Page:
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Editorial Articles

Volume-37, 14-20 December, 2019

Intensified Mission Indradhanush 2.0

Transforming India’s Universal Immunisation Program


Rashmi Kumar

The government has launched Intensified Mission Indradhanush (IMI) 2.0 which is being carried out between December 2019 and March 2020. The IMI 2.0 aims to escalate efforts to achieve that goal of attaining 90% national immunization coverage across India by plugging the loopholes with lessons learnt from previous phases. The programme will be delivered in 271 districts of 27States and 652 blocks of Uttar Pradesh and Bihar among hard-to-reach and tribal populations.

The government has also launched IMI 2.0 portal that has been designed to capture information on the block wise target of children and pregnant women to be vaccinated during the IMI drive. The data will be entered at the district level. This will help the programme officers and administrators at the block, district, state and national level to have real time information on the progress of the campaign and also take timely action on slow progress in any particular area, according to Union Health Minister, Harsh Vardhan.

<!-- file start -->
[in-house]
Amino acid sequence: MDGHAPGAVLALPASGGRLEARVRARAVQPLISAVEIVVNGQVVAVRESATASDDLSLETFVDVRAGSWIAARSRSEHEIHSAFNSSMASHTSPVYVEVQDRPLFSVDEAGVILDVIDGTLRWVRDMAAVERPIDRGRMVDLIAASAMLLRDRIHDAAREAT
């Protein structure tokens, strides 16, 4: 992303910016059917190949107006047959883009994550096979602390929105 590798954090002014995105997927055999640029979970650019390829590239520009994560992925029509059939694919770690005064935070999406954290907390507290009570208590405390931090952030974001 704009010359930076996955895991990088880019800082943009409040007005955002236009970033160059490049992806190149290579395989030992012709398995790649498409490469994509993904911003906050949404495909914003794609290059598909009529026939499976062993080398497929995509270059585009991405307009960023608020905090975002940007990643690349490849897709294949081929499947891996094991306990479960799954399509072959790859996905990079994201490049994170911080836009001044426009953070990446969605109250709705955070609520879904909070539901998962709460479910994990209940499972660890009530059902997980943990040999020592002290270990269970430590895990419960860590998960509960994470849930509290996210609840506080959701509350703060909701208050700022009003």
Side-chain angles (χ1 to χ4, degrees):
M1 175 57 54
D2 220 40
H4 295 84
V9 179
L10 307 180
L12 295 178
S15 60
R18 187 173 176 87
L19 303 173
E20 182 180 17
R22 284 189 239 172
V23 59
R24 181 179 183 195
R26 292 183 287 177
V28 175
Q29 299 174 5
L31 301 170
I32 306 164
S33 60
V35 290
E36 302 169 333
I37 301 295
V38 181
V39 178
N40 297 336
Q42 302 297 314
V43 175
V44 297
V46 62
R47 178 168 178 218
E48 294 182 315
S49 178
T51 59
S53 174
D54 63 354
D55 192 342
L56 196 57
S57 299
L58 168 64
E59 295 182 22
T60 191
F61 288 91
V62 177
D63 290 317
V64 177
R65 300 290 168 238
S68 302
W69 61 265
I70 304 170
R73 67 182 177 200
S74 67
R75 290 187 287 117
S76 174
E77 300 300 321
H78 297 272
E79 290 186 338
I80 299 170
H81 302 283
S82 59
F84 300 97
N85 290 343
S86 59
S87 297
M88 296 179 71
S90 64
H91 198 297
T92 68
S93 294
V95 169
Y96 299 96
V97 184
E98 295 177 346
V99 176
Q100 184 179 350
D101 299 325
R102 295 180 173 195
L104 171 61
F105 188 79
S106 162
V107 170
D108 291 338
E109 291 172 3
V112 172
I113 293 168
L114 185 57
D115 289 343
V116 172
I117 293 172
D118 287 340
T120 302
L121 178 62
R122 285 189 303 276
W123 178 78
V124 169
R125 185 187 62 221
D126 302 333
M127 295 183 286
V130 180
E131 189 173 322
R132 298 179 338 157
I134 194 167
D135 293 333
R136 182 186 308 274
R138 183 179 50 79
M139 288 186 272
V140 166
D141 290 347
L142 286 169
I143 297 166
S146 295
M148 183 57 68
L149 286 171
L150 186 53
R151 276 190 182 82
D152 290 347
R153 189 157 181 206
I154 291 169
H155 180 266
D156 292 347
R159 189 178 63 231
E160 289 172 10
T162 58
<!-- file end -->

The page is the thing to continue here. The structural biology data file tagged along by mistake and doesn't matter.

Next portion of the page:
Salient Features of IMI 2.0


  • Immunisation activity will be in four rounds over 7 working days excluding the RI days, Sundays and holidays;
  • Enhanced Immunisation session with flexible timing, mobile session and mobilisation by other departments;
  • Enhanced focus on left outs, dropouts, and resistant families and hard to reach areas;
  • Focus on urban, under-served population and tribal areas
  • Inter-ministerial and inter-departmental coordination;
  • Enhance political, administrative and financial commitment, through advocacy;
  • The 4 rounds of Immunisation will be conducted in the selected districts and urban cities between December 2019- March 2020;
  • After the completion of the proposed 4 rounds, the States will be expected to undertake measures to sustain the gains from IMI, through activities like inclusion of IMI sessions in routine Immunisation plans. The sustainability of IMI will be assessed through a survey.


How Mission Indradhanush has been incremental in increasing the immunisation coverage in India